This is where all the previously extracted experience and technology is going. The X-45 will be a launch-and-forget weapon costing $10-15 million dollars per clone. This is one-third the projected cost of the manned JSF- Joint Strike Fighter. Economics is apparent when it is assumable to have more craft for the same money. Right now the X-45’s proposed mission will be suppression of air defenses in an air-to-surface role. That could evolve. It should be in service by 2008.

The X-45 has a fighter-sized 34-foot wingspan and is 26.5 feet long and weighing 15,000 lbs loaded. It is stealthy in contour and construction looking a bit like a mini-B-2 aft with an extended V-shaped nose protruding from the leading edge and a bloated, but stealth fuselage. It can top 40,000 feet and hit nearly Mach 1. It will ultimately extend its range by refueling in the air like manned planes we know today. The X-45 can tote 3,000 lbs. of ordnance and has a range of 375 miles.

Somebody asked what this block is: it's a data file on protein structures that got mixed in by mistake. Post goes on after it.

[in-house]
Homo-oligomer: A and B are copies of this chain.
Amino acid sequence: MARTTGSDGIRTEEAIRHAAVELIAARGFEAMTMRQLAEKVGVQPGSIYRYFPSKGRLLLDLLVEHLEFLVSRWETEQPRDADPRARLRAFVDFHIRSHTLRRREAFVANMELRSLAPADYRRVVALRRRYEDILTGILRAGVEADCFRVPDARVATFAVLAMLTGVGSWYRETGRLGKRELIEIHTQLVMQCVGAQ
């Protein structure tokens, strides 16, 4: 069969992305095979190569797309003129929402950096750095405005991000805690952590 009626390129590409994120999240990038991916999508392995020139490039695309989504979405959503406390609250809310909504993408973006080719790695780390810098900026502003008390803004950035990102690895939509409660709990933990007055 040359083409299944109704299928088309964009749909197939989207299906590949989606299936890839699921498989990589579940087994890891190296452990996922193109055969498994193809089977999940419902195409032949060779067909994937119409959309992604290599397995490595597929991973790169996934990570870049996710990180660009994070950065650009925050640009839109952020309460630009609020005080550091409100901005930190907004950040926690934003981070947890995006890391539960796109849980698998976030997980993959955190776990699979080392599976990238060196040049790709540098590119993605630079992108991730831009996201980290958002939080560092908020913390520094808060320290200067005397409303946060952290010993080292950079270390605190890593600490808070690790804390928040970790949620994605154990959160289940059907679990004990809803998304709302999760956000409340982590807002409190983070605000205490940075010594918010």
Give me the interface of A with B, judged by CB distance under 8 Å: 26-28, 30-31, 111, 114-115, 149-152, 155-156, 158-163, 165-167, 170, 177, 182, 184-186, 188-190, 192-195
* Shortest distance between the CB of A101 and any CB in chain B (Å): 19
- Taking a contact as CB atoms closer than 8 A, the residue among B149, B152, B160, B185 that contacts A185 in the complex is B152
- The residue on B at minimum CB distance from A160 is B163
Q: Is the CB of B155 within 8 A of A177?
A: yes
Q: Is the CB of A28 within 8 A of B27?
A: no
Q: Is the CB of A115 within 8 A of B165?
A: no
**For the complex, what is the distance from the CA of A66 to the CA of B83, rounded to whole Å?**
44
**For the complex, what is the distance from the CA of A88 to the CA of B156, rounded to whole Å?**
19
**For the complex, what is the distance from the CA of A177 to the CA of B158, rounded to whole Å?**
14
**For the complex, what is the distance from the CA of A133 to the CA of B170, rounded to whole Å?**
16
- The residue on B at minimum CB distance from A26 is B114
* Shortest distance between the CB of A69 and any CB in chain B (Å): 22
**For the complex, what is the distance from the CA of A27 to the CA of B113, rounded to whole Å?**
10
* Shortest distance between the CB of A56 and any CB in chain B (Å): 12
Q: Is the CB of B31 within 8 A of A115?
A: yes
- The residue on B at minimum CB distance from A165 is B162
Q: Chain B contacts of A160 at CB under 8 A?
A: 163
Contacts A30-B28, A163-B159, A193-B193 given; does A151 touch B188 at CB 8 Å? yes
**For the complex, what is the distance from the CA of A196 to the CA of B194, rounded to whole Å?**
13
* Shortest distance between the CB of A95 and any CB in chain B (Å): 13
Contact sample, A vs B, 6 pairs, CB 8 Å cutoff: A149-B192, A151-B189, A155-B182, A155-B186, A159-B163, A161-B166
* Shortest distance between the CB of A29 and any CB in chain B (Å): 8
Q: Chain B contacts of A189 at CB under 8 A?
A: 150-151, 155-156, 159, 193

While it is publicly stated that the plane “will compliment manned assets, not replace them,” the latest Rand study has concluded that that the F-35 will be the final manned US fighter. Defense analysts agree and the Pentagon plans that by 2020 one-third of America’s combat planes will be unmanned. Boeing has three craft in mind. Air-to-surface, like the initial X-45, high altitude recon, and tactical. That latter is the one that intrigues us. That’s a robot fighter.